As the ship pulled away from the pier, the people on the dockside seemed to shrink in size until they were swallowed up in the mist, as if some giant had cast his cloak over them. Joe pulled his threadbare jacket closer around himself and clasped his elbows as if the gesture would create some warmth, then picked up the small sack containing all his belongings. A shiver went through him as the biting wind cut through his clothing, forcing him to take shelter in a crowded, smoky saloon below the main deck. Once the ship hit the open seas having passed the Dublin North Wall break water, it immediately began to roll from side to side then from stem to stern as the waves and wind increased. It had begun its ten-hour laborious journey to Liverpool.
The scene looked like a medieval painting of hell without the flames. Bodies occupied every inch of space, men, women, and children squeezed together, sitting, standing, sprawling, kneeling, lying. Some unable to get through the heaving mass of people to the WCs, puked where they were sitting or wretched in corners. People were moaning, their cries mingling with those of a hundred babies, while others stricken with the ordeal of sailing and fearing for their lives, were praying the rosary out loud. The smell of unwashed bodies, packed like sardines, vomit, and spilt beer was overpowering and with most of the portholes closed, the thick fug from smoldering cigarettes, made his eyes water and burn. But it was this or being frozen on the top deck now sprayed with foam, together with the risk of falling overboard.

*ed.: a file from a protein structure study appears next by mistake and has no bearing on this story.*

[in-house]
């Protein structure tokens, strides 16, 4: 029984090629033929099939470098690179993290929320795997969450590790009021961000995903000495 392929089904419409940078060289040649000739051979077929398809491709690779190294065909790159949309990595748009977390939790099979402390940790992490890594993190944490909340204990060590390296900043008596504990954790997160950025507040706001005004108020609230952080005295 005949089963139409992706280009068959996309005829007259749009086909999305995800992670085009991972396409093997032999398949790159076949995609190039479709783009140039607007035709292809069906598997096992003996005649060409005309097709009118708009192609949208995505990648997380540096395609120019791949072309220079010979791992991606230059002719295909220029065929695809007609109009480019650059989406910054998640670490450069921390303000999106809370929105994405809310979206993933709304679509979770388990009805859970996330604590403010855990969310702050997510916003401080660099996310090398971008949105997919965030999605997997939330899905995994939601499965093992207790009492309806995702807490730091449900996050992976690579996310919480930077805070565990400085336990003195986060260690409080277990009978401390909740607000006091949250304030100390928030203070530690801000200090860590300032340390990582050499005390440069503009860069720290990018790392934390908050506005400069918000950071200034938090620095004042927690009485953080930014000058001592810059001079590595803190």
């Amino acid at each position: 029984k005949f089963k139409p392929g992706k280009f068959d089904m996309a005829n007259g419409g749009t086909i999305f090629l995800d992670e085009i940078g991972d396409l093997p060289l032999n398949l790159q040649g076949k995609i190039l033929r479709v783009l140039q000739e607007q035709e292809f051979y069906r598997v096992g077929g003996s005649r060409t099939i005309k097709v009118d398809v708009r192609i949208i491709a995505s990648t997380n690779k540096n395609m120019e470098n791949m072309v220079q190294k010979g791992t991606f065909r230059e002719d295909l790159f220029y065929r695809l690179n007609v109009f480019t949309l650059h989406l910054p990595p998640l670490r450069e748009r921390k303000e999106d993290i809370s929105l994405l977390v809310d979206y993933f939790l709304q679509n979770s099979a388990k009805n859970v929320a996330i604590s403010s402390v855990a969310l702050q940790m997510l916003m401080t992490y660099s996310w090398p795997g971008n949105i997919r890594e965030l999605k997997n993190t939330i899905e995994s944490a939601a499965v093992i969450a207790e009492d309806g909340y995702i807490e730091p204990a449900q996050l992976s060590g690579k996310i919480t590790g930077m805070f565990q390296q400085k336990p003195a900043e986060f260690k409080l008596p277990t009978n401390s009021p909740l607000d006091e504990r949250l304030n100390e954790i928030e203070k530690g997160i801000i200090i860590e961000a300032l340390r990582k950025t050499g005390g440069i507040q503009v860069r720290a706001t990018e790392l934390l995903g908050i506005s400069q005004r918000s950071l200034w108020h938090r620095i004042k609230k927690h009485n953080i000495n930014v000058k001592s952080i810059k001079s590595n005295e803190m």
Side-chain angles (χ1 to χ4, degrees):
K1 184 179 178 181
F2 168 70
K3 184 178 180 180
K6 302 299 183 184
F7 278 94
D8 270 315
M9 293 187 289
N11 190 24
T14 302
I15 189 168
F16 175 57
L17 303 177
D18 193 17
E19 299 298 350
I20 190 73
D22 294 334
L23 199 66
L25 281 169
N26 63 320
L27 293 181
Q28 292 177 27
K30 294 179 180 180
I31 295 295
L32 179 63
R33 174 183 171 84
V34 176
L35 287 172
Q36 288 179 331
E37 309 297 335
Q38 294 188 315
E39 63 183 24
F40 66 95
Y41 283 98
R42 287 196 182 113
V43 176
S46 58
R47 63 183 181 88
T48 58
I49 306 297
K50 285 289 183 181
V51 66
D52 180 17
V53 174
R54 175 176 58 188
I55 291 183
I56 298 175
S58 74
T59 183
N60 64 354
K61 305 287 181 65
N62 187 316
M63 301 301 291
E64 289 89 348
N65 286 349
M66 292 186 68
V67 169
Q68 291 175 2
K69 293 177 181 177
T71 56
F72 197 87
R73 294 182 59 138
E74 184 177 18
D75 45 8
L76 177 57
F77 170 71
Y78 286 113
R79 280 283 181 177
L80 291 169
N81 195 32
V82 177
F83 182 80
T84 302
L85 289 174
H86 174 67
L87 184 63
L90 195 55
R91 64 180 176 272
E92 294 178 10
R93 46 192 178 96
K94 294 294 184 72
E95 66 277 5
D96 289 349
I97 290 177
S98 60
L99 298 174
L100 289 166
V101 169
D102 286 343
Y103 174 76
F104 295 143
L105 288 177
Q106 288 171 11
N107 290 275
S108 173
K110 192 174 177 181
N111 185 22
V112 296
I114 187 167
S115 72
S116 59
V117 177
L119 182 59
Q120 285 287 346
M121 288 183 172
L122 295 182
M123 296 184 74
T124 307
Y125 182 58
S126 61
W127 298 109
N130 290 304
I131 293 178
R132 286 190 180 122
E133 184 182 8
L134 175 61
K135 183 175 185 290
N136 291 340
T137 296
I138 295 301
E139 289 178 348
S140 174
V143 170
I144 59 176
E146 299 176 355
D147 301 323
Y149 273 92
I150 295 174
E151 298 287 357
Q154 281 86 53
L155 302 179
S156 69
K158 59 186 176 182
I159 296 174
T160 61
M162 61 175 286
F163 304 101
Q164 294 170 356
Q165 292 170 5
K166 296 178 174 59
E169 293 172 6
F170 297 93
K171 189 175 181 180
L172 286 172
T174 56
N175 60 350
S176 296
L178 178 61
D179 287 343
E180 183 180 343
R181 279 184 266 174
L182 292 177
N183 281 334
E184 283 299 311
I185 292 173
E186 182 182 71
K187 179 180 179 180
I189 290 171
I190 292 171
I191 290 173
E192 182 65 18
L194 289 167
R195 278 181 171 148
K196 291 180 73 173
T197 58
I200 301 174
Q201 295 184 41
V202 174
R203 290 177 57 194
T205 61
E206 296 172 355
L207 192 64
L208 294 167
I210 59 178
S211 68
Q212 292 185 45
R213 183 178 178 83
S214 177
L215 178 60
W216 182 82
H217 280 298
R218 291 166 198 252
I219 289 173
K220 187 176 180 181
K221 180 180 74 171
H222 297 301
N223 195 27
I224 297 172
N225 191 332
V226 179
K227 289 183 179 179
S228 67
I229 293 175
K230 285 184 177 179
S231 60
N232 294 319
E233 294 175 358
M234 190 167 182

He had never been on a ship before and was feeling so nauseous he wondered how he would last the journey. Having arisen at dawn the previous day to take a coach to Galway, then train to Dublin, he had already been on the road for more than twenty-four hours. And since the ship had to wait for the tide, which delayed its leaving port, it meant he would spend another night without sleep. Clutching his sack, he wedged himself between the edge of a wooden seat and the steel wall dripping with condensation but close to a half open port hole and tried to breathe in some fresh air.
What had started out as an exciting adventure was quickly changing into a miserable, depressing and physically demanding challenge. But he was determined not to give in to his sadness. It had been hard leaving his mother and his brother James; he knew he would miss them. He feared for her especially, knowing that she had to stay, and he felt guilty. She would have to continue living with a man who was a physically abusive alcoholic. Had she not been a catholic, she would have left him long ago. But the words divorce, or separation did not exist in the catholic dictionary. So, she was imprisoned in an impossible situation. It was on his dream list that once he had made sufficient money, he would bring her over to live with him in England.